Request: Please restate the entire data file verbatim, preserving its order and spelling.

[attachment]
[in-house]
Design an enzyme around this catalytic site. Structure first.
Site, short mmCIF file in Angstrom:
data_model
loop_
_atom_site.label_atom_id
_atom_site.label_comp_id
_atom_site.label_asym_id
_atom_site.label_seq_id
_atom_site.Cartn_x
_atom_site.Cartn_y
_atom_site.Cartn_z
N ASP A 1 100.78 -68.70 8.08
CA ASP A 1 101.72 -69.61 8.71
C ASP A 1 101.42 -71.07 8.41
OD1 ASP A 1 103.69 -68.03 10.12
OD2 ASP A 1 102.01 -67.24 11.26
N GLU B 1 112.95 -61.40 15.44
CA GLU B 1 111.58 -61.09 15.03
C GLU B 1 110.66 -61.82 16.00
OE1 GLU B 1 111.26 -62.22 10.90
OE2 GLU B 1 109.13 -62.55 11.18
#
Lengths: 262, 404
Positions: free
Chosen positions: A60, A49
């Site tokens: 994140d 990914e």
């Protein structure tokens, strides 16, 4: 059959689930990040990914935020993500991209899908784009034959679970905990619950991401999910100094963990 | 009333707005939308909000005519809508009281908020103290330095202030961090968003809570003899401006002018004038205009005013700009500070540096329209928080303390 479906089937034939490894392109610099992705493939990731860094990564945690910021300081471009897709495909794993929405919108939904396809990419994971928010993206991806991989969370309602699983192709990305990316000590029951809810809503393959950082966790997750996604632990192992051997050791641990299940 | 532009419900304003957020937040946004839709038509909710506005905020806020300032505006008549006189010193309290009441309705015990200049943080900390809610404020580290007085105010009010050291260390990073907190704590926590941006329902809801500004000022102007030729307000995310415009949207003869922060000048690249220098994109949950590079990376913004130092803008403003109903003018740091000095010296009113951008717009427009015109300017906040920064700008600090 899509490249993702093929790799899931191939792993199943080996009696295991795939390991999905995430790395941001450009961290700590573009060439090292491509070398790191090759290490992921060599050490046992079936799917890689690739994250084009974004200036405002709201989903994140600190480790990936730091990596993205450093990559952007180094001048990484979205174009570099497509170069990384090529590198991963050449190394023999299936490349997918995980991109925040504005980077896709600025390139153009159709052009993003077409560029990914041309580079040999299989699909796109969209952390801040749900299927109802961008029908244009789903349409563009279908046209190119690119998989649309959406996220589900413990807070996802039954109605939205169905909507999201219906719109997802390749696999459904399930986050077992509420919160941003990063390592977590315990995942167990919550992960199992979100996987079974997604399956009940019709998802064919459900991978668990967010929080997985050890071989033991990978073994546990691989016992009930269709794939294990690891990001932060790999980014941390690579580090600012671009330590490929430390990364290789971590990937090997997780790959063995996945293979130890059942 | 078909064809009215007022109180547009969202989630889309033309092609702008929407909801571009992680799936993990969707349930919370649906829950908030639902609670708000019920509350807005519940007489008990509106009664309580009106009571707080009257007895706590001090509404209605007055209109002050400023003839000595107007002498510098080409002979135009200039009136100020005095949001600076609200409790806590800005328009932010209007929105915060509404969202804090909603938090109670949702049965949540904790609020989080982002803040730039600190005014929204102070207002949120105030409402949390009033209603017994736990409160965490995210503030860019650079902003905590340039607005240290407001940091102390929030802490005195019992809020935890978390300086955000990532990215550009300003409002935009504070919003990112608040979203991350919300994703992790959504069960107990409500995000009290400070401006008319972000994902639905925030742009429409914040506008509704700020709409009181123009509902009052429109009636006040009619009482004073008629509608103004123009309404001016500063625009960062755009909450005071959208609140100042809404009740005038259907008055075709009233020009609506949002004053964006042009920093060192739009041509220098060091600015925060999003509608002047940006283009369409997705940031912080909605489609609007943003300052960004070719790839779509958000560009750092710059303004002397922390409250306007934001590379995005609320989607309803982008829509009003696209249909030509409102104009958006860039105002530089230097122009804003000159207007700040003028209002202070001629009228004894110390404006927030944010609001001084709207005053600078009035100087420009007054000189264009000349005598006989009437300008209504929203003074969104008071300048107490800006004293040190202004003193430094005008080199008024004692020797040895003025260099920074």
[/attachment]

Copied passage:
[in-house]
Design an enzyme around this catalytic site. Structure first.
Site, short mmCIF file in Angstrom:
data_model
loop_
_atom_site.label_atom_id
_atom_site.label_comp_id
_atom_site.label_asym_id
_atom_site.label_seq_id
_atom_site.Cartn_x
_atom_site.Cartn_y
_atom_site.Cartn_z
N ASP A 1 100.78 -68.70 8.08
CA ASP A 1 101.72 -69.61 8.71
C ASP A 1 101.42 -71.07 8.41
OD1 ASP A 1 103.69 -68.03 10.12
OD2 ASP A 1 102.01 -67.24 11.26
N GLU B 1 112.95 -61.40 15.44
CA GLU B 1 111.58 -61.09 15.03
C GLU B 1 110.66 -61.82 16.00
OE1 GLU B 1 111.26 -62.22 10.90
OE2 GLU B 1 109.13 -62.55 11.18
#
Lengths: 262, 404
Positions: free
Chosen positions: A60, A49
């Site tokens: 994140d 990914e």
């Protein structure tokens, strides 16, 4: 059959689930990040990914935020993500991209899908784009034959679970905990619950991401999910100094963990 | 009333707005939308909000005519809508009281908020103290330095202030961090968003809570003899401006002018004038205009005013700009500070540096329209928080303390 479906089937034939490894392109610099992705493939990731860094990564945690910021300081471009897709495909794993929405919108939904396809990419994971928010993206991806991989969370309602699983192709990305990316000590029951809810809503393959950082966790997750996604632990192992051997050791641990299940 | 532009419900304003957020937040946004839709038509909710506005905020806020300032505006008549006189010193309290009441309705015990200049943080900390809610404020580290007085105010009010050291260390990073907190704590926590941006329902809801500004000022102007030729307000995310415009949207003869922060000048690249220098994109949950590079990376913004130092803008403003109903003018740091000095010296009113951008717009427009015109300017906040920064700008600090 899509490249993702093929790799899931191939792993199943080996009696295991795939390991999905995430790395941001450009961290700590573009060439090292491509070398790191090759290490992921060599050490046992079936799917890689690739994250084009974004200036405002709201989903994140600190480790990936730091990596993205450093990559952007180094001048990484979205174009570099497509170069990384090529590198991963050449190394023999299936490349997918995980991109925040504005980077896709600025390139153009159709052009993003077409560029990914041309580079040999299989699909796109969209952390801040749900299927109802961008029908244009789903349409563009279908046209190119690119998989649309959406996220589900413990807070996802039954109605939205169905909507999201219906719109997802390749696999459904399930986050077992509420919160941003990063390592977590315990995942167990919550992960199992979100996987079974997604399956009940019709998802064919459900991978668990967010929080997985050890071989033991990978073994546990691989016992009930269709794939294990690891990001932060790999980014941390690579580090600012671009330590490929430390990364290789971590990937090997997780790959063995996945293979130890059942 | 078909064809009215007022109180547009969202989630889309033309092609702008929407909801571009992680799936993990969707349930919370649906829950908030639902609670708000019920509350807005519940007489008990509106009664309580009106009571707080009257007895706590001090509404209605007055209109002050400023003839000595107007002498510098080409002979135009200039009136100020005095949001600076609200409790806590800005328009932010209007929105915060509404969202804090909603938090109670949702049965949540904790609020989080982002803040730039600190005014929204102070207002949120105030409402949390009033209603017994736990409160965490995210503030860019650079902003905590340039607005240290407001940091102390929030802490005195019992809020935890978390300086955000990532990215550009300003409002935009504070919003990112608040979203991350919300994703992790959504069960107990409500995000009290400070401006008319972000994902639905925030742009429409914040506008509704700020709409009181123009509902009052429109009636006040009619009482004073008629509608103004123009309404001016500063625009960062755009909450005071959208609140100042809404009740005038259907008055075709009233020009609506949002004053964006042009920093060192739009041509220098060091600015925060999003509608002047940006283009369409997705940031912080909605489609609007943003300052960004070719790839779509958000560009750092710059303004002397922390409250306007934001590379995005609320989607309803982008829509009003696209249909030509409102104009958006860039105002530089230097122009804003000159207007700040003028209002202070001629009228004894110390404006927030944010609001001084709207005053600078009035100087420009007054000189264009000349005598006989009437300008209504929203003074969104008071300048107490800006004293040190202004003193430094005008080199008024004692020797040895003025260099920074």